MEXICALI, Baja California, Mexico (Border Report) — Starting Thursday, anyone heading into Mexico through Mexicali’s ports of entry is likely looking at lengthy border waits.
Officials have ordered COVID-19 checkpoints for southbound motorists from the U.S. to make sure people have face coverings, don’t show a fever, and are traveling for essential reasons.
Mexicali is a city of about 1 million people and is the capital of Baja California. It’s just south of Calexico, Calif., about 120 miles east of San Diego.
Calexico Police Chief Gonzalo Gerardo said the health checks have created traffic back-ups of up to seven hours on the north side of the border. The 4th of July travel period is expected to make matters worse.
With a recent upswing in COVID-19 cases in California, especially in Imperial County just north of Mexicali, there is fear American tourists will bring the virus with them, generating more cases in Mexico.
Imperial County, with a population of about 180,000, has had about 6,200 cases among 30,700 people tested, a positive rate of about 20%. The caseload is 40 times greater per capita than Los Angeles County.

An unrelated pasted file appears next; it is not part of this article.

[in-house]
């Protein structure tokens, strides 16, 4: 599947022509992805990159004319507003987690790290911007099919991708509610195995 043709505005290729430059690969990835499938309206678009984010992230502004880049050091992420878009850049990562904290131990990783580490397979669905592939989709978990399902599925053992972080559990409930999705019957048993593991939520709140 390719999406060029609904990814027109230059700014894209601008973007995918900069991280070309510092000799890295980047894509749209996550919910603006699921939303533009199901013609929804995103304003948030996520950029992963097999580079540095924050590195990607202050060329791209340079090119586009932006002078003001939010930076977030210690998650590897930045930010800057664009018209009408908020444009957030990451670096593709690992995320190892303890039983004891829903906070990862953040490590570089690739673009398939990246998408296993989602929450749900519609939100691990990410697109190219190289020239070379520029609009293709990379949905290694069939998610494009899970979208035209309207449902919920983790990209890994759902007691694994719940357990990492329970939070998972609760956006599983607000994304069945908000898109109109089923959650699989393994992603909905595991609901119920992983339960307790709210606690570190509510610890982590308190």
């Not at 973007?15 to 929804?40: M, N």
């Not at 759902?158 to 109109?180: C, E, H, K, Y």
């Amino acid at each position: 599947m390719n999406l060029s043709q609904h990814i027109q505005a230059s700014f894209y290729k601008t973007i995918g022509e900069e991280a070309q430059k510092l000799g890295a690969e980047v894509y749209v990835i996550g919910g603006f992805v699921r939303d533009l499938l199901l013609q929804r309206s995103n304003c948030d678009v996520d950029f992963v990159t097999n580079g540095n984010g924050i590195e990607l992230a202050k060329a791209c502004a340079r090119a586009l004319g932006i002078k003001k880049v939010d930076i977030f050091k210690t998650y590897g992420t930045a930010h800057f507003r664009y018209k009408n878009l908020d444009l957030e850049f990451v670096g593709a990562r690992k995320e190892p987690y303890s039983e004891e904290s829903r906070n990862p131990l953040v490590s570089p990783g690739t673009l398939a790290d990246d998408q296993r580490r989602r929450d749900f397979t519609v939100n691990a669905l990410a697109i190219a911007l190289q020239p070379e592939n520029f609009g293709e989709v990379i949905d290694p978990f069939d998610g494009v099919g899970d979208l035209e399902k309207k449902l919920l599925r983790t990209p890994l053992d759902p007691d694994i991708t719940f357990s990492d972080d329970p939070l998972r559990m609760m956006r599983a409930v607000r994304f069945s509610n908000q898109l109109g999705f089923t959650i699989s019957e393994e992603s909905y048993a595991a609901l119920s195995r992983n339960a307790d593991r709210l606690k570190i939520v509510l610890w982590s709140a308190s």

The screenings will be in effect through the 4th of July weekend, a time when many Americans, including Imperial County residents, head to Mexico for fun and relaxation.
As for Tijuana, a much bigger city to the west, which traditionally experiences a large tourist influx from California during holiday weekends, it’s not instituting similar screenings.
“It’s a very restrictive measure that has created really long lines in other cities and has been bad for residents. We’re taking a different approach on our side,” Tijuana Mayor Arturo Gonzalez said.
However, Gonzalez expressed some concern with his city’s approach with tourists.
“We’re worried about tourism, people heading here and whether we’re taking appropriate sanitary measures and following protocol in all businesses so that we don’t see any more infections,” he said. “Tijuana is doing find now, we’re looking at a downward trend in cases, we’re at a point where we are grateful to residents, but we have to continue with efforts to open up other areas, which our city badly needs.”